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EnglishEdit

Alternative formsEdit

EtymologyEdit

From Old French impossible, from Latin impossibilis, from in- (not) + possibilis (possible), from possum (to be able) + suffix -ibilis (-able).

PronunciationEdit

  • (UK) IPA(key): /ɪmˈpɒsɪbəl/
  • (file)
  • Hyphenation: im‧pos‧si‧ble

AdjectiveEdit

impossible (comparative more impossible, superlative most impossible)

  1. Not possible; not able to be done or happen.
    • 1610-11?, Shakespeare, The Tempest, Act II, scene i:
      Antonio: What impossible matter will he make easy next?
      Sebastian: I think he will carry this island home in his pocket and give it his son for an apple.
      Antonio : And sowing the kernels of it in the sea bring forth more islands.
    • 1787, “The History of Europe”, in The Annual Register, or A View of the History, Politics, and Literature, for the Years 1784 and 1785, volume XXVII, London: Printed by J[ames] Dodsley, in Pall-Mall, OCLC 874176698, chapter VIII, page 134, column 1:
      It was impoſſible that the queen of France [Marie Antoinette] ſhould not be deeply affected by a conteſt, which ſo cloſely involved her neareſt and deareſt connections, and threatened ſo immediate and perhaps irreparable a breach of the harmony and friendſhip ſubſiſting between them.
    • 1865, Lewis Carroll, Alice's Adventures in Wonderland
      Nothing is impossible, only impassible.
    • 13 March 1962, John F. Kennedy
      Those who make peaceful revolution impossible will make violent revolution inevitable.
    • 2013 June 28, Joris Luyendijk, “Our banks are out of control”, in The Guardian Weekly, volume 189, number 3, page 21:
      Seeing the British establishment struggle with the financial sector is like watching an alcoholic […].  Until 2008 there was denial over what finance had become. When a series of bank failures made this impossible, there was widespread anger, leading to the public humiliation of symbolic figures.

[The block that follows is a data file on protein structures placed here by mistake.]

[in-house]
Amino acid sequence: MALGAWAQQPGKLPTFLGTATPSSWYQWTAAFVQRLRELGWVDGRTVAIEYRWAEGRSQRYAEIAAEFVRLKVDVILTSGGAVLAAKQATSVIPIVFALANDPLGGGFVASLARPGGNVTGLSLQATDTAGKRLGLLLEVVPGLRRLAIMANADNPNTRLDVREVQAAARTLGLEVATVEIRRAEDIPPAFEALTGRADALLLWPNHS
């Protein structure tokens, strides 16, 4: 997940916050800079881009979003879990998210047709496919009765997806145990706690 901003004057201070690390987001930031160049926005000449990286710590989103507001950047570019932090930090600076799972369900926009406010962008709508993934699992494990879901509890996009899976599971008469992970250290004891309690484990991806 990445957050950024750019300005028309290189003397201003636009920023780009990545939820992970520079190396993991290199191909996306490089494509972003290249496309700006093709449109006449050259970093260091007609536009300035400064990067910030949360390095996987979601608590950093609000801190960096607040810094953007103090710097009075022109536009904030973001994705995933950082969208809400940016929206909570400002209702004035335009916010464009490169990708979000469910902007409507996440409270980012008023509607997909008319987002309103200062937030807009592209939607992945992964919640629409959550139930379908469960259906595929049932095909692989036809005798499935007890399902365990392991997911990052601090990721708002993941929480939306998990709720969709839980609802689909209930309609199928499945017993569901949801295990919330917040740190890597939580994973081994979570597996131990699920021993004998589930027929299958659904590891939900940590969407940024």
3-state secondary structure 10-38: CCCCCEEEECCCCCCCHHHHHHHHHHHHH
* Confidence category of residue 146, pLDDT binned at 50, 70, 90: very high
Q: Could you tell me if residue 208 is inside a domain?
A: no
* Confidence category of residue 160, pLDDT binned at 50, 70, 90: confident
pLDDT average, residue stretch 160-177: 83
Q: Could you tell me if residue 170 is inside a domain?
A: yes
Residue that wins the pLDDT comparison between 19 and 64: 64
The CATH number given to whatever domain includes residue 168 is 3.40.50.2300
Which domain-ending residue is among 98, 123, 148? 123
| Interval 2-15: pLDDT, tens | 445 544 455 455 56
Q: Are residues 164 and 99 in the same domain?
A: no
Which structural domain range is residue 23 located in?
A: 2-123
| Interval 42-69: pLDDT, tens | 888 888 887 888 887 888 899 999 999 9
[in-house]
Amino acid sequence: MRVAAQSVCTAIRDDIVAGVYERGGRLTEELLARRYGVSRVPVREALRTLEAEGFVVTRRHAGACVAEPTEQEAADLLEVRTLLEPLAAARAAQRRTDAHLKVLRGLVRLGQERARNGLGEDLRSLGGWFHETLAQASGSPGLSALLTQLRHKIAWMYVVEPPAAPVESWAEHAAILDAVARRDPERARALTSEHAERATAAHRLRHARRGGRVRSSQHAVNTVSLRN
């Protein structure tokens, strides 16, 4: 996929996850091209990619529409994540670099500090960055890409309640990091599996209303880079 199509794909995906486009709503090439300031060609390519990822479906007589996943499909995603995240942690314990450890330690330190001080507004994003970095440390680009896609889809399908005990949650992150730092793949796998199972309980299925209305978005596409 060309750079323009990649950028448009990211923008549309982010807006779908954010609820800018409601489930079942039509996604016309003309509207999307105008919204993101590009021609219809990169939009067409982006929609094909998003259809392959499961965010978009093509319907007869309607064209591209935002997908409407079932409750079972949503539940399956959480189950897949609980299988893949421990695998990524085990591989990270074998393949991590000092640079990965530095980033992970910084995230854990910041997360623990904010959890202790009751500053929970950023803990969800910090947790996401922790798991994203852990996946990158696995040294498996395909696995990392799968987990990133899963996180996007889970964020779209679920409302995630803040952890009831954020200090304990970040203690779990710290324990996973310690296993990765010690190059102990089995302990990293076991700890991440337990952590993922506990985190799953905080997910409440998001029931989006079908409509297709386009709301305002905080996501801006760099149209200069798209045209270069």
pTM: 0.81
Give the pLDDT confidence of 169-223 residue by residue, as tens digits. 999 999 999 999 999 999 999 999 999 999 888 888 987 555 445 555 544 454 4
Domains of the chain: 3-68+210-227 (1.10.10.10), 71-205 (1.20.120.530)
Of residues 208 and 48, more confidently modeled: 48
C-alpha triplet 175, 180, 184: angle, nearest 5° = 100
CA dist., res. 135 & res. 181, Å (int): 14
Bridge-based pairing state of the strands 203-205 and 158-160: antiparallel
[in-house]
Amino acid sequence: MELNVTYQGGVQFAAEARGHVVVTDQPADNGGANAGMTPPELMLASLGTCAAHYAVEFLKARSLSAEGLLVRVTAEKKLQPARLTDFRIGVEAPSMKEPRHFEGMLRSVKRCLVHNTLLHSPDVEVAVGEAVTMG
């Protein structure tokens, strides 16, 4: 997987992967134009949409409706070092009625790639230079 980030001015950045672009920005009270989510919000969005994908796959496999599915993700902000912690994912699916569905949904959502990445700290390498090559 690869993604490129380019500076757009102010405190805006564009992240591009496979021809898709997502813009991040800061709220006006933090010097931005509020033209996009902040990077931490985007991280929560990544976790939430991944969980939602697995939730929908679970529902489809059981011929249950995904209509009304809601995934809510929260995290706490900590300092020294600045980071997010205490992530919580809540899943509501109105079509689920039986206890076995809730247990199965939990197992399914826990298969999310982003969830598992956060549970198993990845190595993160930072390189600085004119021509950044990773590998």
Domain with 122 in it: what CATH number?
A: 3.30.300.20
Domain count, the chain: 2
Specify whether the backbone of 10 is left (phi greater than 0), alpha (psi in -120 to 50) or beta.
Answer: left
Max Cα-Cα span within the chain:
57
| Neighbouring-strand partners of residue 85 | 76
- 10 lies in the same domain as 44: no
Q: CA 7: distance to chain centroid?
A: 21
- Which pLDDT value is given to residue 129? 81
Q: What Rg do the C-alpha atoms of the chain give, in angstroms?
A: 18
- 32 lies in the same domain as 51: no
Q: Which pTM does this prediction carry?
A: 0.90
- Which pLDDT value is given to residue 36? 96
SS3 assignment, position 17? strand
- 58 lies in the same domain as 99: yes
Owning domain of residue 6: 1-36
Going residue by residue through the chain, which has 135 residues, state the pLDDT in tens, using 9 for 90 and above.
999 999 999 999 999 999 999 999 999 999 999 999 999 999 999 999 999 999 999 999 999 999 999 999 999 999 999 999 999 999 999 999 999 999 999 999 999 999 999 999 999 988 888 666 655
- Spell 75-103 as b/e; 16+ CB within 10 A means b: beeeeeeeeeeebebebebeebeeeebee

It is difficult, if not impossible, to memorize 20,000 consecutive numbers.
    Sarah thinks that nothing is impossible because things can always somehow happen.
  2. (colloquial, of a person) Very difficult to deal with.
    You never listen to a word I say – you're impossible!
  3. (mathematics, dated) imaginary
    impossible quantities, or imaginary numbers

SynonymsEdit

AntonymsEdit

Derived termsEdit

TranslationsEdit

NounEdit

impossible (plural impossibles)

  1. (obsolete) an impossibility
    • Late 14th century: “Madame,” quod he, “this were an impossible!” — Geoffrey Chaucer, ‘The Franklin's Tale’, Canterbury Tales

TranslationsEdit


CatalanEdit

EtymologyEdit

From Latin impossibilis, equivalent to in- +‎ possible.

PronunciationEdit

AdjectiveEdit

impossible (masculine and feminine plural impossibles)

  1. impossible

FrenchEdit

EtymologyEdit

From im- +‎ possible.

PronunciationEdit

AdjectiveEdit

impossible (plural impossibles)

  1. impossible

Further readingEdit


Middle FrenchEdit

AdjectiveEdit

impossible m, f (plural impossibles)

  1. impossible